My Food Week in pictures – A farewell lunch, Brixton style

When you’ve been friends with someone for so long, regardless of how diligent you both are at keeping in contact, you’re always going to feel a little tug on those strings which are, apparently, attached to a frosty cardiac muscle in the centre of your thoracic cavity (my scenario anyway).

My friend leaves Wednesday, having been so close to me in south London, for the Wild West – Portland, Oregon. Having a terrible geographical knowledge of US States (c’mon, they’d never be able to point out where Brixton is on a map) I couldn’t tell you if it is actually the Wild West – you know – with cowboys and all. They still have them, right?

The second farewell I bid this week was another westward escape. This time to Wales; land of bara brith, laverbread, and Welsh cakes (posted a sneaky link to Debs’ site. Hers are, quite frankly, the dog’s proverbials).

Because I need great content for my blog, and, because I love my friend (notice the ordering of that sentence) I invited some of my closest mates for lunch (dinner – nudge to the northerners). All I need is a film crew and I’m basically your next Naked Chef (I throw roughly chopped food into the pan from great heights too y’know).

Pukka.

A farewell dinner which would not be forgotten had to include some of Brixton’s finest produce. Seemed only fair since I had directed the party all the way up Brixton Hill. My cooking of late is naturally following the nature of the weather; increasingly inspired by spring. Elderflower and apple spritzers started us off, with some of my favourite olives on the side – nocerella. If you’ve never had them before and are a fan of olives in all forms, please try them. Bright green (like giant peas) and unusually round (like giant peas), they are a lot less salty than your average green olive, have a fleshy texture and nutty flavour.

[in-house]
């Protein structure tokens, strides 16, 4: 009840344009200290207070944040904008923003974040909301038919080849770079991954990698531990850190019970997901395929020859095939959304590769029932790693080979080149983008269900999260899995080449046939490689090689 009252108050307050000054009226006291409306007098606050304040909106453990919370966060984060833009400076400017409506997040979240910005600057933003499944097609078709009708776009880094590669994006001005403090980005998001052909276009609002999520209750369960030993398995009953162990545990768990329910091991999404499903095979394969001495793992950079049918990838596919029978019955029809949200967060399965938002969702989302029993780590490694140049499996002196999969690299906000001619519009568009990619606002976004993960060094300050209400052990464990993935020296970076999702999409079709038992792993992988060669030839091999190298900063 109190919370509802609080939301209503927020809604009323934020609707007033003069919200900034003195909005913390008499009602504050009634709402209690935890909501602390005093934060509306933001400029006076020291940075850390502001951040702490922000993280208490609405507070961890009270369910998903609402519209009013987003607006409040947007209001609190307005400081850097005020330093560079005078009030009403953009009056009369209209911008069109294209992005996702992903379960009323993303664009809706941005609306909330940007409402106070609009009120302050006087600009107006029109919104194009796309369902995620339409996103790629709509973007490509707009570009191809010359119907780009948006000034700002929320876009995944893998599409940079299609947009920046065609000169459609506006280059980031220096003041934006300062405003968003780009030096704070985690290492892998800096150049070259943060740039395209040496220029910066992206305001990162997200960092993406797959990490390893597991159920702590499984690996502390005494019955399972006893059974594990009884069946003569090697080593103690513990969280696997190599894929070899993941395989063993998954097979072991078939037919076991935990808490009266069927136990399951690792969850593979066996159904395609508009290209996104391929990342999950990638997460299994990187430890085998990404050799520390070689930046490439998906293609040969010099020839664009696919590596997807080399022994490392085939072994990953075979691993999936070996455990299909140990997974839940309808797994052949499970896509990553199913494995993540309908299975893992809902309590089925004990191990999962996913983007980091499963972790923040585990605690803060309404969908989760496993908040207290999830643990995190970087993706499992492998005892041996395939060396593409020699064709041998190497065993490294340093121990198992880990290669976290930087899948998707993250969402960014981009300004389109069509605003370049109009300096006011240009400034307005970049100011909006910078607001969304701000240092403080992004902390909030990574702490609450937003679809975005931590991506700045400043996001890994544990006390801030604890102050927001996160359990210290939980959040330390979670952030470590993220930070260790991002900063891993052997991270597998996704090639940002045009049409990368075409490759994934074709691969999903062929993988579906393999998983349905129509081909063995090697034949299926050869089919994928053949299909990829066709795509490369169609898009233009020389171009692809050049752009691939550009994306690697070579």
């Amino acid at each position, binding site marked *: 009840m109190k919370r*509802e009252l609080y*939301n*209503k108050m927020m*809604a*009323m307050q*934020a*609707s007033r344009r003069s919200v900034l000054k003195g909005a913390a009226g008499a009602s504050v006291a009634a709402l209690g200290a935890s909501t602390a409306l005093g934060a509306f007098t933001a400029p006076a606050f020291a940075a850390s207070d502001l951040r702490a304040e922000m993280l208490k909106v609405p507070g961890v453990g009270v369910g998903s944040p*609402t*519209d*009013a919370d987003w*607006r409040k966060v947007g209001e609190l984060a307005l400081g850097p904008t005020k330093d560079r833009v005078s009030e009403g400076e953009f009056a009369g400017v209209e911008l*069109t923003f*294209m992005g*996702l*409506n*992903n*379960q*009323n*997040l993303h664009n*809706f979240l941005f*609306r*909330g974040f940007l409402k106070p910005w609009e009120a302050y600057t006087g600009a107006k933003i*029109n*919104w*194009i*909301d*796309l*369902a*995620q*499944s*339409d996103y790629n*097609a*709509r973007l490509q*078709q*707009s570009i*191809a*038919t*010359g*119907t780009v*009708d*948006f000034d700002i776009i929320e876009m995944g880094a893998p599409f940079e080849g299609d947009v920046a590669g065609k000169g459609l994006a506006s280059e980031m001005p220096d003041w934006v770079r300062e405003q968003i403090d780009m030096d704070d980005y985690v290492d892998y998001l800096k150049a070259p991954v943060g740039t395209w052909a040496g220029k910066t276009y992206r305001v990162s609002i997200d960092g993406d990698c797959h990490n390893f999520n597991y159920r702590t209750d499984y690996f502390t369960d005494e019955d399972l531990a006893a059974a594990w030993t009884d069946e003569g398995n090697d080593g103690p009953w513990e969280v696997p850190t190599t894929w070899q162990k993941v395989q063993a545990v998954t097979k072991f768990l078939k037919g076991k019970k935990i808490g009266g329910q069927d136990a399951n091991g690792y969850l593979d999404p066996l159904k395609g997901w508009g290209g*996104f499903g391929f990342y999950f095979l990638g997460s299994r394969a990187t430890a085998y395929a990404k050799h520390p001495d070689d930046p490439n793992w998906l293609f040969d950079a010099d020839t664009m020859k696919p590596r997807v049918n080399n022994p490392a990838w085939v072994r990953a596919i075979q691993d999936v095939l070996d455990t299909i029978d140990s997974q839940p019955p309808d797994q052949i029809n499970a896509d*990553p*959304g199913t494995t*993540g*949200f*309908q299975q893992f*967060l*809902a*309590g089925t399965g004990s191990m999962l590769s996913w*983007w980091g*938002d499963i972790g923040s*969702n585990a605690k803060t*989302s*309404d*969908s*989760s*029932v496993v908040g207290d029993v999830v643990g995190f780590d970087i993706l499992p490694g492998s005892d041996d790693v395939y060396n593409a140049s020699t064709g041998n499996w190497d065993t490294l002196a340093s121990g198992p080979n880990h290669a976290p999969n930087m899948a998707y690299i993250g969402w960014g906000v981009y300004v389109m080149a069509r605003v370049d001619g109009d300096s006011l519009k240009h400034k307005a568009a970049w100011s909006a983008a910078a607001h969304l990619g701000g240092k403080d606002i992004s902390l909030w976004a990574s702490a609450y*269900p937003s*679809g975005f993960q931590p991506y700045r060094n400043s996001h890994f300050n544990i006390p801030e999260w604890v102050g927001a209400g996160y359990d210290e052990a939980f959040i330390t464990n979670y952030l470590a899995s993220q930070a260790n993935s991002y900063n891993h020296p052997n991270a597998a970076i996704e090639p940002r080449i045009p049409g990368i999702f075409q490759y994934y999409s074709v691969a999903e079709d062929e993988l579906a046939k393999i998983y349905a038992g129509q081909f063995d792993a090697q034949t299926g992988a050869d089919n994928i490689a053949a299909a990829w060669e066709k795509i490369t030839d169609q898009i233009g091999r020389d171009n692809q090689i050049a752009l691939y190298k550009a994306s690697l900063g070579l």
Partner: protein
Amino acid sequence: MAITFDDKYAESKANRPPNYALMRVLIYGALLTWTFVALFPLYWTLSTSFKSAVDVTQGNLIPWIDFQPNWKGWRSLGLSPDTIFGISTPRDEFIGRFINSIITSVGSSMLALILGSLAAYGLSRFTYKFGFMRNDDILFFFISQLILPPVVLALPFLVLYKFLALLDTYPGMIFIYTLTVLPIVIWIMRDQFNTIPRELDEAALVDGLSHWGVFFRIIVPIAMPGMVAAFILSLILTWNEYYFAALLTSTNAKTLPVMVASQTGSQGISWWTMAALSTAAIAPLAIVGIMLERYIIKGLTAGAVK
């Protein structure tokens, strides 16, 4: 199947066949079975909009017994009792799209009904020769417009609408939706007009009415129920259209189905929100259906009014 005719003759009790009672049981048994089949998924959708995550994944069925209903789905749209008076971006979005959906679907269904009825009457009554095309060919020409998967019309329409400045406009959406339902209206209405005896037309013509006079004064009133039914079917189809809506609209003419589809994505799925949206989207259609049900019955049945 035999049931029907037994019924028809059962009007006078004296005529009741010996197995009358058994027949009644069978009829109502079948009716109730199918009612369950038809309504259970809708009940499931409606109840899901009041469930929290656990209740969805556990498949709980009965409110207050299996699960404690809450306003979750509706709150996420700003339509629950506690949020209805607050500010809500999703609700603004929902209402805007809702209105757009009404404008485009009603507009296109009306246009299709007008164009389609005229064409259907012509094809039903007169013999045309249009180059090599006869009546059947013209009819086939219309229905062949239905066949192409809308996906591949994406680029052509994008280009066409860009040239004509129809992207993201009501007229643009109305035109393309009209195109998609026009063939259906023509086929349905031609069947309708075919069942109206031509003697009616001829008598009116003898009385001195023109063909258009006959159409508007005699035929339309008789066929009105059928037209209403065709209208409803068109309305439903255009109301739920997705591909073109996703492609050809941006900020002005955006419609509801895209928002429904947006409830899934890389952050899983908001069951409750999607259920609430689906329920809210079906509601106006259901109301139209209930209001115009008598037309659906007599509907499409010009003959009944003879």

I served up two whole sea bass between five of us, stuffing it with mint, basil, parsley, and lemon slices. I really don’t understand people who don’t like to see the animal they’re about to eat whole. I demand to know what I’m eating, which is why I always ask my fishmonger to just clean and gut the fish. Plus, the bones and head keep all the divine juices inside, retaining the fish’s moisture. Dust the skin with a reasonable layer of sea salt and I can promise that you will be fighting for leftover pieces of skin from the plates of the fusspots.

Sea bass from Brixton Village

Offering the carbohydrates for the meal was a large portion of kisir (I may have made too much) – a Middle Eastern dish made principally with bulgur wheat, parsley, and tomato paste. I used a recipe I spotted about three years ago in the Guardian by one of my favourite columnists and chefs, Yotam Ottolenghi. I needed to add more chilli from the original recipe, and I preferred my bulgar wheat a little softer, so I added more water. It’s a beautiful traffic light platter when all is done and dusted, but I can tell you finding pomegranate molasses when your bastion of hope (Brixton Wholefoods) have run out of stock, can be a little unnerving an hour before your guests arrive. Luckily A&C Co Delicatessen saved my bacon, and my kisir, incidentally.

Ottolenghi's Kisir

Ottolenghi's Kisir

And the rest of the week…well just a quick one about a fabulous and entertaining cheese and wine evening at Entrée restaurant, on Battersea Rise. The event was hosted by their new restaurant manager, Chloe Gounder-Forbes. She’s a bit of a cheesy star having been on the judging panel of the British Cheese Awards – she knows her stuff.

Cheese Board at Entree

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